• Monosodium urate crystals
  • Negative birefringence
  • Treatments:
    -NSAIDS
    -Steroids
    -Allopurinol (not until after 3 acute attacks; use along with NSAID or steroid)
  • Yellow parallel, blue perpendicular
Pseudogout
  • What sort of crystal?
  • What birefringence?
  • CPPD (calcium pyrophosphate)
  • Positive birefringence

Often asymptomatic and has chondrocalcinosis on x-ray
Workup for inflammatory arthritis (4)
  • Creatinine
  • Urinalysis
  • Liver enzymes
  • CK (if muscle)
Describe giant cell arteritis
Type of large vessel vasculitis
Occurs in older patients
  • New onset of headaches
  • May have jaw claudication
  • Very high ESR
Emergency! Patient can go blind. Start steroids.
Describe polymyalgia rheumatica (PMR)
Occurs with Giant Cell Arteritis
  • Achiness in shoulder or hip girdle
  • High ESR
Rapid response to low-dose prednisoen
Describe fibromyalgia syndrome
  • Pain all over
  • Sleep disorder
  • 11/18 painful fibromyalgia tender points, distributed in at least 4 quadrants in body
  • Normal labs
Which HLA leads to predisposition to RA?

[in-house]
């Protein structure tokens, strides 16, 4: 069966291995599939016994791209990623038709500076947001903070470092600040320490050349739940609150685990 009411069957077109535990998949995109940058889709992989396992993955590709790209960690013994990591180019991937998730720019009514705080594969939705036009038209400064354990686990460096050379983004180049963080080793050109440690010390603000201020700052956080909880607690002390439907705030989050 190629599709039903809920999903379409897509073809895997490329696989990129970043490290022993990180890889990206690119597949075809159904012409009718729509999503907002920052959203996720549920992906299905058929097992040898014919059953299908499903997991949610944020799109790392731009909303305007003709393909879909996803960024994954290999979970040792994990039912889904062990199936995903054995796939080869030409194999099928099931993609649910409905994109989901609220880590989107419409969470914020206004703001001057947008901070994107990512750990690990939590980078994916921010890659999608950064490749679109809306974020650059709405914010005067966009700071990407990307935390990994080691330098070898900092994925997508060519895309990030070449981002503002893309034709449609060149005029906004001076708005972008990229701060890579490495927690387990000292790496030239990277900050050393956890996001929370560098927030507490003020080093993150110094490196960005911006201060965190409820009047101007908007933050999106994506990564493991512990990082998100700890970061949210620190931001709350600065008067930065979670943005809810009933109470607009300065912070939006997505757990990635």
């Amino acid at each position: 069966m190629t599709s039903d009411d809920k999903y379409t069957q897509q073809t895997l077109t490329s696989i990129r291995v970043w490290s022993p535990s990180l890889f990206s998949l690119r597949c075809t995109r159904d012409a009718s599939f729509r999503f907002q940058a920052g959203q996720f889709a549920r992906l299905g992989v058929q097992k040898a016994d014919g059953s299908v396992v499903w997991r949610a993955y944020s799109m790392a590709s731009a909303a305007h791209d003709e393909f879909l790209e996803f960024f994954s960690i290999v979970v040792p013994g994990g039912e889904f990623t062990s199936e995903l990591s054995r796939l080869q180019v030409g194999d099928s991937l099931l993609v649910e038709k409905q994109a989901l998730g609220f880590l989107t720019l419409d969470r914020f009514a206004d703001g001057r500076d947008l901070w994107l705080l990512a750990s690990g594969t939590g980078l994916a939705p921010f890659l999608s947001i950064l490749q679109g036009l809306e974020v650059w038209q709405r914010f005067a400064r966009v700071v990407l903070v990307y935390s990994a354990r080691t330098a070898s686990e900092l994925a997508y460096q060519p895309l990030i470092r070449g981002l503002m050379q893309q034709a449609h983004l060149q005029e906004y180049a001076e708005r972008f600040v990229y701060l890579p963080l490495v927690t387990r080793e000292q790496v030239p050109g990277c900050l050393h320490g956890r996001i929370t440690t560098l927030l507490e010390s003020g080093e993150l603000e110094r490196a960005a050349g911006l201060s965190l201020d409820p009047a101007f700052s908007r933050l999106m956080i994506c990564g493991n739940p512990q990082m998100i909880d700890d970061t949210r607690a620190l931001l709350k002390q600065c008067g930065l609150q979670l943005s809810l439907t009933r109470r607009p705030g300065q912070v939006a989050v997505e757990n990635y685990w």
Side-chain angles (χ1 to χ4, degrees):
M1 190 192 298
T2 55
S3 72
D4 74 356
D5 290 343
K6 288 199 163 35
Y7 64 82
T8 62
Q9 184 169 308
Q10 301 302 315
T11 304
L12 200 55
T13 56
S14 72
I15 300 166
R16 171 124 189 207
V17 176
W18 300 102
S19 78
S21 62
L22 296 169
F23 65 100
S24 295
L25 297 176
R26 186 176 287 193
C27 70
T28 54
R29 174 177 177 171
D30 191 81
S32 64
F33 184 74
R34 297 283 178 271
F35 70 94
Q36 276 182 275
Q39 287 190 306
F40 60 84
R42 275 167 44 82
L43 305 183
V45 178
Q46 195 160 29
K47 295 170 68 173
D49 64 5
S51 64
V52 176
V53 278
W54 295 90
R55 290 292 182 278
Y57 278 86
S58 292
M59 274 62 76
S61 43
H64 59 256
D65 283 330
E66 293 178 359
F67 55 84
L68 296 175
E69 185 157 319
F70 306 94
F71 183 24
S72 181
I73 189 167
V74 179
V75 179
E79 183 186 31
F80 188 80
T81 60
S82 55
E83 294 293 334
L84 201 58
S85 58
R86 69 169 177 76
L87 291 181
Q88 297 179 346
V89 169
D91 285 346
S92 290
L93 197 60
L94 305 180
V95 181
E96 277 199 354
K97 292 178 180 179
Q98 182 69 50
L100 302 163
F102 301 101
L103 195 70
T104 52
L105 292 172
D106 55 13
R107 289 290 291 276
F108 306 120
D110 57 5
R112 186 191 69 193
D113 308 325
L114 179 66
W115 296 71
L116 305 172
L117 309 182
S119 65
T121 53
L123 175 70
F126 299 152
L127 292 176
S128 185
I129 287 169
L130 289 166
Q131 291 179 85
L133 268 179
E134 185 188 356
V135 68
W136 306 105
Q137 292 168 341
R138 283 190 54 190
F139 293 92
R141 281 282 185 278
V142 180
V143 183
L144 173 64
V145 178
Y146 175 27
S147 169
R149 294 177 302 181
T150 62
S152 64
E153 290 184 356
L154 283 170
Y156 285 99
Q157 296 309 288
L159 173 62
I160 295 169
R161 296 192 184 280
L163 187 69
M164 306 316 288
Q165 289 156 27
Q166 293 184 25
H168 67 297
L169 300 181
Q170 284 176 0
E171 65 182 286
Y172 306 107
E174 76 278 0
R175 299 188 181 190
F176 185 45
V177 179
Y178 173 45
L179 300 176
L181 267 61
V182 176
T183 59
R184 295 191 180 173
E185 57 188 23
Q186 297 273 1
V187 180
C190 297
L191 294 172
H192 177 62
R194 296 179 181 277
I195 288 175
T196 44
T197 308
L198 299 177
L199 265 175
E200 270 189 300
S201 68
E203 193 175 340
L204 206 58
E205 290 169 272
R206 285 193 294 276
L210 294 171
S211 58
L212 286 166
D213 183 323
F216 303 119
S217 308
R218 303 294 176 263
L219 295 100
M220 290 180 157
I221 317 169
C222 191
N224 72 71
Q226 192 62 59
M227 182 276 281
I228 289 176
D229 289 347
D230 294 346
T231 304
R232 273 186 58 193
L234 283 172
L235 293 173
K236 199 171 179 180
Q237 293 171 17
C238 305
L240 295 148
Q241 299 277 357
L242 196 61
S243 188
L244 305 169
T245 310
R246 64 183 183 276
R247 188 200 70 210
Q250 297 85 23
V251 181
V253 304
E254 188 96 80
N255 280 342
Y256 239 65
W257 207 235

HLA-DR1
What are environmental triggers for RA?
  • Smoking
  • Gingivitis
  • Other bacteria??
How do citrulinated proteins contribute to RA?
Seem to be recognized more easily by certain HLA types
Main cytokine involved in proliferation in pathogenesis of RA?
TNF-alpha
What signaling pathway is involved in RA pathogenesis?
JAK-STAT
Pathogenesis summary (lots of detail)
Shared epitope and/or molecular mimicry between inciting antigen and HLA receptors on macrophage (eg. type A synovial cell) lead to:
  • Macrophage becoming a dendritic cell or APC, presenting of antigen to T-lymphocyte
  • Lymphocytes recruited into synovial membrane
  • Release of cytokines from T-lymphocytes (TNA alpha, IL1, IL6) recruits more T-cells, releases adhesion molecules, activates osteoclast factor, proteolytic enzymes (MMPs)
  • Costimulatory molecules upregulate activation of T-cells and release of cytokines
What happens due to increased metabolic requirements of lymphocytes?
  • Neovascularization
  • Angiogenesis

RA is angiogenesis dependent